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Sugar-Sweetened Drinks Cause Cardiovascular Damage

A review suggests that added sugar in drinks impacts more than the endocrine system

It has been established that consuming sugar-sweetened beverages, such as sodas or energy drinks, leads to an increased risk of disorders such as type 2 diabetes and obesity. Recent research has been focusing on the link between added sugar consumption via beverages and cardiovascular disease as well. A review published in the Journal of the American College of Cardiology has found a link between the sugars in sweetened beverages (such as high fructose corn syrup) and the risk of cardiovascular damage.

The review concluded that just one or two servings a day of sugar-sweetened beverages comes with increased risk of heart attack, fatal heart disease, and stroke. It also reaffirmed the risk between these drinks and type 2 diabetes. Specifically, the risk of heart attack or fatal heart disease increased by 35%, the risk of stroke increased by 16%, and the risk of type 2 diabetes increased by 26%.

These numbers illustrate the importance of modifying diets to reduce intake of not just fats and cholesterol, but also sugars. Sugar-sweetened beverages are a large source of sugar in our diets: they make up half of consumed added sugar in the United States. The beverages are sweetened with high-fructose corn syrup or table sugar. Both of these contain glucose and fructose. Glucose consumption is linked to type 2 diabetes, itself a risk factor for cardiovascular disease. Fructose causes cardiovascular damage through a different mechanism: it increases serum levels of LDL cholesterol and triglycerides, and can even cause non-alcoholic fatty liver. Fructose also increases abdominal fat.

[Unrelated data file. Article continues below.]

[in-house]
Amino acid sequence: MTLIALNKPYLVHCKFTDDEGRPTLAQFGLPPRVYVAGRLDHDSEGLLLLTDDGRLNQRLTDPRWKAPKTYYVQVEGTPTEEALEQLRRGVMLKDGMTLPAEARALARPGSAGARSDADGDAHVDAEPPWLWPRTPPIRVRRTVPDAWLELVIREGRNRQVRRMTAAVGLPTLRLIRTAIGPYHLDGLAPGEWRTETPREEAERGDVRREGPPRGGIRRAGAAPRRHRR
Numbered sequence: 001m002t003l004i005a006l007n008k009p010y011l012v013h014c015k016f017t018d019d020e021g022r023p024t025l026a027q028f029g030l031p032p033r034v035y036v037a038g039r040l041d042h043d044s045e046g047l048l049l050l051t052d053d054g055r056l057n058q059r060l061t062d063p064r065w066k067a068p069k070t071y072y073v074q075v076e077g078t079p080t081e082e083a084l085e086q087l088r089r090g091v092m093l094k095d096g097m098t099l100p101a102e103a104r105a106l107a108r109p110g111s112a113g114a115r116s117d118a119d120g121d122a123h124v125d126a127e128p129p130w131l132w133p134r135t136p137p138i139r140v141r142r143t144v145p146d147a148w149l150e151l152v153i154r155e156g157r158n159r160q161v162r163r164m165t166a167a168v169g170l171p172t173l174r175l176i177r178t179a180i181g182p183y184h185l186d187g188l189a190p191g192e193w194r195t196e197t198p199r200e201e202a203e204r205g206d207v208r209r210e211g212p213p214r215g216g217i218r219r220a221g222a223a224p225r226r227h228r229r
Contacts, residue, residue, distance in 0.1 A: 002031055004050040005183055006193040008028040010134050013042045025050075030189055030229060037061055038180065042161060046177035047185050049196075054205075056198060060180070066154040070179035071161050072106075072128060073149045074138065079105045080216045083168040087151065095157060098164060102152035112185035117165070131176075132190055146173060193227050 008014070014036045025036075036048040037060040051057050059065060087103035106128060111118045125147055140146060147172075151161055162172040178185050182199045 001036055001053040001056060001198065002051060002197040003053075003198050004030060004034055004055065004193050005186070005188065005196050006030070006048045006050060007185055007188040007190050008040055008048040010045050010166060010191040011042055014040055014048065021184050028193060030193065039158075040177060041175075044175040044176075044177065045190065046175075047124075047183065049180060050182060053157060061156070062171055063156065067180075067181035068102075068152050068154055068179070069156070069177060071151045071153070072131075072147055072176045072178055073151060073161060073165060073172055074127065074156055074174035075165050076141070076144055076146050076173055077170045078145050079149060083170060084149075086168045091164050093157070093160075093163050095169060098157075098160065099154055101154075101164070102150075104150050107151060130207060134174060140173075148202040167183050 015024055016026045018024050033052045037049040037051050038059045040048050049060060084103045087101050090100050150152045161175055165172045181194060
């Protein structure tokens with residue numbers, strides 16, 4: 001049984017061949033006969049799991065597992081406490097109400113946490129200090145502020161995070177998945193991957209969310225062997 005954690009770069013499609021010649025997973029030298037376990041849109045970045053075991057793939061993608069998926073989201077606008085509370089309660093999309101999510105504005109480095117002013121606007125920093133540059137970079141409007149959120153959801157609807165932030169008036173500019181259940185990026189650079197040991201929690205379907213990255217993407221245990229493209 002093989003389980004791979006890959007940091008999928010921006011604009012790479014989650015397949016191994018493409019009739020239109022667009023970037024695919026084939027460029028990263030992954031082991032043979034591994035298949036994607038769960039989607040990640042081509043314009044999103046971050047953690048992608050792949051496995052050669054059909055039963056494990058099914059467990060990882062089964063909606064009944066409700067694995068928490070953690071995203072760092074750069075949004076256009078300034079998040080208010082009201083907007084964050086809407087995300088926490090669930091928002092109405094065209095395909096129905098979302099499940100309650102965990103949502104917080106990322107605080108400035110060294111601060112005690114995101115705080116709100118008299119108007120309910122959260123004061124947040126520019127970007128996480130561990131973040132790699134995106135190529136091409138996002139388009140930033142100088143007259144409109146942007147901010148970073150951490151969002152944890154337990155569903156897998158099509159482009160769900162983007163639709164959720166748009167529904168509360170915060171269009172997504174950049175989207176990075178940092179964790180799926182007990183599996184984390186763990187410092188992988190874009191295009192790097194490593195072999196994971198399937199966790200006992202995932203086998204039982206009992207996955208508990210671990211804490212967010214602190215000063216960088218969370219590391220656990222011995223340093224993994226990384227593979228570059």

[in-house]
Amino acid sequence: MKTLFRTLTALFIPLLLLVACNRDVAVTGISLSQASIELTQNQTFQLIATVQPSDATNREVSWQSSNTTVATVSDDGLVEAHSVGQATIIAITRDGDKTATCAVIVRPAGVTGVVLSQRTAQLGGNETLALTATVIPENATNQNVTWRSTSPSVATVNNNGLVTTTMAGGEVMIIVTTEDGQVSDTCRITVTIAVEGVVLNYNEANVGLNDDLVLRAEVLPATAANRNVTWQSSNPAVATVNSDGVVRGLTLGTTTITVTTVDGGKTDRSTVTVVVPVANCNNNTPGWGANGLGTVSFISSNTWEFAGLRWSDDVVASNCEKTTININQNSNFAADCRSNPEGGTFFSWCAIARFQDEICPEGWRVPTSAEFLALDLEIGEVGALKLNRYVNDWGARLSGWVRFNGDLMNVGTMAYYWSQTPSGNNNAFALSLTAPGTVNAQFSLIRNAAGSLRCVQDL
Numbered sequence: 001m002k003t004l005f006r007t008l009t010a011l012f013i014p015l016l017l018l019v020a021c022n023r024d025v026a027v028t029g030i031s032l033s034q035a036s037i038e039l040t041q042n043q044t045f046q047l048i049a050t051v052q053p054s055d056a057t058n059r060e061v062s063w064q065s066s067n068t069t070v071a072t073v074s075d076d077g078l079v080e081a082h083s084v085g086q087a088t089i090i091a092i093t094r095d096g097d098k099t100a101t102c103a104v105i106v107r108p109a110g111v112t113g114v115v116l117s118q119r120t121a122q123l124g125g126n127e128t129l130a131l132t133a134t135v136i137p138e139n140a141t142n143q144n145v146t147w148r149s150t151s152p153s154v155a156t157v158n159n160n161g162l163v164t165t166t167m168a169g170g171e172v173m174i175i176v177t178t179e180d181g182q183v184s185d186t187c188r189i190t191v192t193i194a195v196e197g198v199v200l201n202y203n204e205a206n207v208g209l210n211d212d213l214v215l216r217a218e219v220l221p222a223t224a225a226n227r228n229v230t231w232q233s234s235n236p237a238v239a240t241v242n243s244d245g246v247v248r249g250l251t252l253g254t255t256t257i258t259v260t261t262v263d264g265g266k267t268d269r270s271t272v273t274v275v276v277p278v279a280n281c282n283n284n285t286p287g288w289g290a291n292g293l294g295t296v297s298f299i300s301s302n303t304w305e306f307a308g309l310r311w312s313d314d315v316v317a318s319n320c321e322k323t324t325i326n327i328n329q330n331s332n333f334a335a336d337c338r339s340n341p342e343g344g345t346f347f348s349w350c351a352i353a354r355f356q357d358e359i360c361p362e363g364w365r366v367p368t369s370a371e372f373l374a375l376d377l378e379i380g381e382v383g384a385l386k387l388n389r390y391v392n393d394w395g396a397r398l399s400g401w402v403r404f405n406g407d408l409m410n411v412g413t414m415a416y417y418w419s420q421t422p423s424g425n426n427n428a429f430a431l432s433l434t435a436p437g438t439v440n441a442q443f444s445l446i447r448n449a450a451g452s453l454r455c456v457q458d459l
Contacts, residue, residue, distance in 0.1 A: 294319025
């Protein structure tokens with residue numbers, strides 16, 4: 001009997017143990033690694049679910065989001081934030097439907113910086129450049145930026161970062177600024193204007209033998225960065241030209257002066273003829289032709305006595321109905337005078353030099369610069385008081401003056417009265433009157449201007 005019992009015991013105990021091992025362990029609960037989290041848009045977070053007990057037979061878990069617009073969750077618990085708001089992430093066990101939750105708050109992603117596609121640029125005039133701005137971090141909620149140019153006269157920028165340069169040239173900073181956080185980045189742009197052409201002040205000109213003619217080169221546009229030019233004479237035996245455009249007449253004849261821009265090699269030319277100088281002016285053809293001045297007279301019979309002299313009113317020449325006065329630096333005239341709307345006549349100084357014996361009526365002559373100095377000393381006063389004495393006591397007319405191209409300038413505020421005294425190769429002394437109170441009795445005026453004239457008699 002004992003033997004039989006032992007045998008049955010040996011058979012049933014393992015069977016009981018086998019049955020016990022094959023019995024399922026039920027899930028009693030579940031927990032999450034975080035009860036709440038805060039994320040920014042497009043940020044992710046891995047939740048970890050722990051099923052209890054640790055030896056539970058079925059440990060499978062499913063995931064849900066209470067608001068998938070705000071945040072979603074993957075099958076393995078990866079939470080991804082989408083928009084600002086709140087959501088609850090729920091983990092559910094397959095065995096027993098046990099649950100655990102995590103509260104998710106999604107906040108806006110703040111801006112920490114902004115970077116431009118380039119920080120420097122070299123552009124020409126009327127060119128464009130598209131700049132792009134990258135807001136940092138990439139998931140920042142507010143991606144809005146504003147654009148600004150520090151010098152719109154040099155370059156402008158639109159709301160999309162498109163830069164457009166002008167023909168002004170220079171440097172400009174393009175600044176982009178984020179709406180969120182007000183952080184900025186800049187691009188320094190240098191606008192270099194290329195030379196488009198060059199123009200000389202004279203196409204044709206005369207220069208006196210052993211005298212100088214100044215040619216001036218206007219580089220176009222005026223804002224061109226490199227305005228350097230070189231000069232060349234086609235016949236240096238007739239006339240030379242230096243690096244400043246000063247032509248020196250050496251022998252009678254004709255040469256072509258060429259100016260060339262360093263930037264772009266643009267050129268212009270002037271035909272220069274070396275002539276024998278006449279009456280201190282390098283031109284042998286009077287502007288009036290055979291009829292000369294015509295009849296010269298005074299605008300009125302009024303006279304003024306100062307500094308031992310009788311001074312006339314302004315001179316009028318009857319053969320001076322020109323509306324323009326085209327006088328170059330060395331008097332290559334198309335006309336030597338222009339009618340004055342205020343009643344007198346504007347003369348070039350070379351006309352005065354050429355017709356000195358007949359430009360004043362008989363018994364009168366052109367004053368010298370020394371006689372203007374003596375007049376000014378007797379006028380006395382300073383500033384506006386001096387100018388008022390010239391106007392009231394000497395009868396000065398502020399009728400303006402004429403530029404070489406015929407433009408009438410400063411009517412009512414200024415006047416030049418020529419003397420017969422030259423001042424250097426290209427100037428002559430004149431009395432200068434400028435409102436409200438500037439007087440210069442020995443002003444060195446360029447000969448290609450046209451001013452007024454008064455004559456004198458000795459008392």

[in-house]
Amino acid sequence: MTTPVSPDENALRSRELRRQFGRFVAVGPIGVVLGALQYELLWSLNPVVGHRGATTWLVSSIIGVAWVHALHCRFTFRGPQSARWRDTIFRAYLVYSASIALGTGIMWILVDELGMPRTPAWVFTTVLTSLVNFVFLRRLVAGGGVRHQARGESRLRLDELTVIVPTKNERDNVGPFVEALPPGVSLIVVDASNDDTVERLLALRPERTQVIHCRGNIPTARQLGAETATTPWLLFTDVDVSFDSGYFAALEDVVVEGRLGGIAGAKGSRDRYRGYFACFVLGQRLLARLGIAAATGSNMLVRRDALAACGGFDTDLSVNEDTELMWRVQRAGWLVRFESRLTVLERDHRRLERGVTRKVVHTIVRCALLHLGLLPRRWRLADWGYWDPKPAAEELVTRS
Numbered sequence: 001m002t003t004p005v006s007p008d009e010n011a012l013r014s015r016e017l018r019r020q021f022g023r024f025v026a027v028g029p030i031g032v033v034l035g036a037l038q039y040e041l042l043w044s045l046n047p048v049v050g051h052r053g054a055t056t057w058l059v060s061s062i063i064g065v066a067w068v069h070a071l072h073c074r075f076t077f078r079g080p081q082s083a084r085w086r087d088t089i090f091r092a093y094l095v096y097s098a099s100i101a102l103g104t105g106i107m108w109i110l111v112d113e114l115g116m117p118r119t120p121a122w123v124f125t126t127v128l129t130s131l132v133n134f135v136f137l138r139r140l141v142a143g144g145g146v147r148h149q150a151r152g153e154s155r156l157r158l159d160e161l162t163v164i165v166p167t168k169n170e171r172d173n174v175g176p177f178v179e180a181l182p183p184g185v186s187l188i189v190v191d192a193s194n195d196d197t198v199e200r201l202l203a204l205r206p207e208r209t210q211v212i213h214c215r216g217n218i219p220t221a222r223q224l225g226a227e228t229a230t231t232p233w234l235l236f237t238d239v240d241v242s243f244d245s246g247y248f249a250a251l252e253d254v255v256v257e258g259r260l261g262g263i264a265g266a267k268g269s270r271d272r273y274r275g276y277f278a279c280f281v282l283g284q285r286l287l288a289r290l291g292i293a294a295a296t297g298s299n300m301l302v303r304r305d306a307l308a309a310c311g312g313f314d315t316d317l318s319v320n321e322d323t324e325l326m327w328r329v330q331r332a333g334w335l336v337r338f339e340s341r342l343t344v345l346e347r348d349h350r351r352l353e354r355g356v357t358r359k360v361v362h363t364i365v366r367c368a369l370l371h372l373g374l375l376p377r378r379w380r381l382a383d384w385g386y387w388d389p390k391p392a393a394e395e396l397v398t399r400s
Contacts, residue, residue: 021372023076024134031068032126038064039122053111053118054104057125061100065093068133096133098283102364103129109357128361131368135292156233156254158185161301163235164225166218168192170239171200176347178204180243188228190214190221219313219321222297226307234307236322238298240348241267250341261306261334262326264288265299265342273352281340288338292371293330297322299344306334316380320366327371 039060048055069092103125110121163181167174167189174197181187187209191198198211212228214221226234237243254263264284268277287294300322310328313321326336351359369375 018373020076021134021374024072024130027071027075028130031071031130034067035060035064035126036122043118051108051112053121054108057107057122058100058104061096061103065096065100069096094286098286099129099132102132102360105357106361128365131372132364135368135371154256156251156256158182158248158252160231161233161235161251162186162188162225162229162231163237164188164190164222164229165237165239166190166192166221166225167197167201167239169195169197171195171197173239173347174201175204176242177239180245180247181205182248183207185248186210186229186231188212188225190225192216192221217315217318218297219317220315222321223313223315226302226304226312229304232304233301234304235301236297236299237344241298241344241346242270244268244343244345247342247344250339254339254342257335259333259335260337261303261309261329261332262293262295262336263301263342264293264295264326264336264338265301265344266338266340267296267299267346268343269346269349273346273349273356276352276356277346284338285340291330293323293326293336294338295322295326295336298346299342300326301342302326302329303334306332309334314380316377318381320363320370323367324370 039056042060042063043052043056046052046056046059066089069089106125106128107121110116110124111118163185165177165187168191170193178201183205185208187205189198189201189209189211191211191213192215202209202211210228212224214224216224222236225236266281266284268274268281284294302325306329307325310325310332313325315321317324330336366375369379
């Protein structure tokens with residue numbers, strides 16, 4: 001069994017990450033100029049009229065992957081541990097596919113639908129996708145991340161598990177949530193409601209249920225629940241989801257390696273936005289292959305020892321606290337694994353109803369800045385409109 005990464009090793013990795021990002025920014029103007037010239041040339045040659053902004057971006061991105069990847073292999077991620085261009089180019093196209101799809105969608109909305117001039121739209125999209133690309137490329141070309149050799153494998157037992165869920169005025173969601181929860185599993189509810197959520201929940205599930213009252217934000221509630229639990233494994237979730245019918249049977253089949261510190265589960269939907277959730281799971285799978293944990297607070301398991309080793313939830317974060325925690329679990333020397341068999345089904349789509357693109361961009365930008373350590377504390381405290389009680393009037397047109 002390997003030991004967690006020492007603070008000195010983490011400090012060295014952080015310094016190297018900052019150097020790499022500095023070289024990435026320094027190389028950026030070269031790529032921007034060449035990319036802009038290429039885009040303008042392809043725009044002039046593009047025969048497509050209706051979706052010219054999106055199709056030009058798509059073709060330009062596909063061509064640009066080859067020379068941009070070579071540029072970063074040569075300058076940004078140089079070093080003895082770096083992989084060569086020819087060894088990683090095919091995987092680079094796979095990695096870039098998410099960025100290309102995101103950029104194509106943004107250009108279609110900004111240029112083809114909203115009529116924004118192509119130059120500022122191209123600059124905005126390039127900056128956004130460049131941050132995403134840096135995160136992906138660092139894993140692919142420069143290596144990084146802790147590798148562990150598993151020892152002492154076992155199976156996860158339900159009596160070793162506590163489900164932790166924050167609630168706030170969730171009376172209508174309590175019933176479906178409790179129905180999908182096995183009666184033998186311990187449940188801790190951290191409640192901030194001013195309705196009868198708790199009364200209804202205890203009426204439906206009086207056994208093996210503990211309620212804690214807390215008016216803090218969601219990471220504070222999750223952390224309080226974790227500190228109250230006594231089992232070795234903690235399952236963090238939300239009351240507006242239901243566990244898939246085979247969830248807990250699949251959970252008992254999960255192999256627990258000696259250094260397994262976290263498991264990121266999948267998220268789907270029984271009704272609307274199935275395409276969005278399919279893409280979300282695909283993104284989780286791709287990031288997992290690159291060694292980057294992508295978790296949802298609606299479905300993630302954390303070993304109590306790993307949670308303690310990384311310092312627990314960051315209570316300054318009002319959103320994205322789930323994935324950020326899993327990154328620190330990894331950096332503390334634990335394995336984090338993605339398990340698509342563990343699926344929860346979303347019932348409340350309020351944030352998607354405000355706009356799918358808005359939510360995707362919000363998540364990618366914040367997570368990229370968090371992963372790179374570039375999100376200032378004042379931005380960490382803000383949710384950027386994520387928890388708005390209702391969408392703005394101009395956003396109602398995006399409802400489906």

The consumption of the sugar in the form of a liquid drink compounds the problem. Sugar in liquid form is more rapidly consumed because satiety occurs more slowly. Liquid sugar is also absorbed faster. The review suggested that people either completely eliminate sugar-sweetened beverages or limit them. Added sugar is not just limited to these drinks, though. People should scan ingredient lists for keywords such as molasses, dextrose, sucrose, or corn syrup to ascertain whether a product contains added sugars.

Practice Pearls:

  • Consumption of one or two servings of sugar-sweetened beverages a day results in an increased risk of fatal heart attack and stroke.
  • Fructose, a common ingredient in sugar-sweetened drinks, causes cardiovascular damage by stimulating hepatic release of triglycerides and LDL cholesterol.
  • Clinicians should instruct their patients to avoid or limit consumption of added sugar. Do not drink sugar-sweetened drinks and search ingredient lists for keywords that indicate added sugar.

Malik VS, Hu FB. “Fructose and cardiometabolic health: what the evidence from the sugar-sweetened beverages tells us.” J Am Coll Cardiol. 2015;66(14):1615-1624. doi:10.1016/j.jacc.2015.08.025.